While there were attempts to regulate immigration to the United States as early as 1903, the real impact on immigration came in the 1920s and 1930s. In the early 1900s, some laws were passed restricting the immigration of radicals to our country. However, this really had a minimal impact on immigration trends. In fact, immigration increased between 1901-1910. It was after World War I that immigration really dropped.
After World War I, there was a fear that the Communists were coming to take over our country. There were many strikes that were tied to radical groups. There were anarchists who lived in our country who advocated the overthrowing of our government. Thus, Congress passed two laws that restricted immigration to our country from South and East Europe. It was from these regions in Europe that the radicals were coming. The Emergency Quota Act and the National Origins Act were two laws of the 1920s that significantly restricted immigration to the United States, especially from South and East Europe. The Great Depression also helped to significantly slow immigration to the United States.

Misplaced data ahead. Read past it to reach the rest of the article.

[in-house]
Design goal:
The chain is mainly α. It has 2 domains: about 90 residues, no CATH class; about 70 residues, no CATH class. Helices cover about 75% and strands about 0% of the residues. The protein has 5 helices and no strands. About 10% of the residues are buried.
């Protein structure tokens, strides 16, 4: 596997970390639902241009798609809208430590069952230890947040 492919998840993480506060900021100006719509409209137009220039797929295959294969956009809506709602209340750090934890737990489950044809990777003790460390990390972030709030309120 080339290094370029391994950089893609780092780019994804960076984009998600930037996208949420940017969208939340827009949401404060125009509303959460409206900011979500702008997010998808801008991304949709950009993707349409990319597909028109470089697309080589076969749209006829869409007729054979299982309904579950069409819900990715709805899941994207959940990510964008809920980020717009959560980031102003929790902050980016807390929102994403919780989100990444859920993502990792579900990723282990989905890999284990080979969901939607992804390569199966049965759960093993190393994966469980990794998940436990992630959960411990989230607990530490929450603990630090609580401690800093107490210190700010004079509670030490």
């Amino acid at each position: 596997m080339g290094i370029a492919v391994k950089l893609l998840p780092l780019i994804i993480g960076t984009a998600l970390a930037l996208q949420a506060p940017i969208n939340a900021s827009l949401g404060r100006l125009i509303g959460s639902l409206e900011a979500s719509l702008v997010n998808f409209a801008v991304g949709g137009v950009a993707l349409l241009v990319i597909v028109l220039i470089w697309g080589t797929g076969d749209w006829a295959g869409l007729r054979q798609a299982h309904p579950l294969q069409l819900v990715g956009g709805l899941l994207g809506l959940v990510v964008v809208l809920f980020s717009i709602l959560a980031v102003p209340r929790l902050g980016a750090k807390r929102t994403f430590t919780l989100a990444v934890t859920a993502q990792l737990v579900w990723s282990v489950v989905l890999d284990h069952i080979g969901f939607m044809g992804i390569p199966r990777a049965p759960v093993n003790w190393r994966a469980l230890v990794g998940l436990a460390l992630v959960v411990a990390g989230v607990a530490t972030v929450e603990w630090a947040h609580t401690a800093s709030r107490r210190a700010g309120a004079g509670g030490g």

As a result of the Great Depression and the passage of several laws, especially those in the 1920s, immigration to the United States slowed between 1910-1940.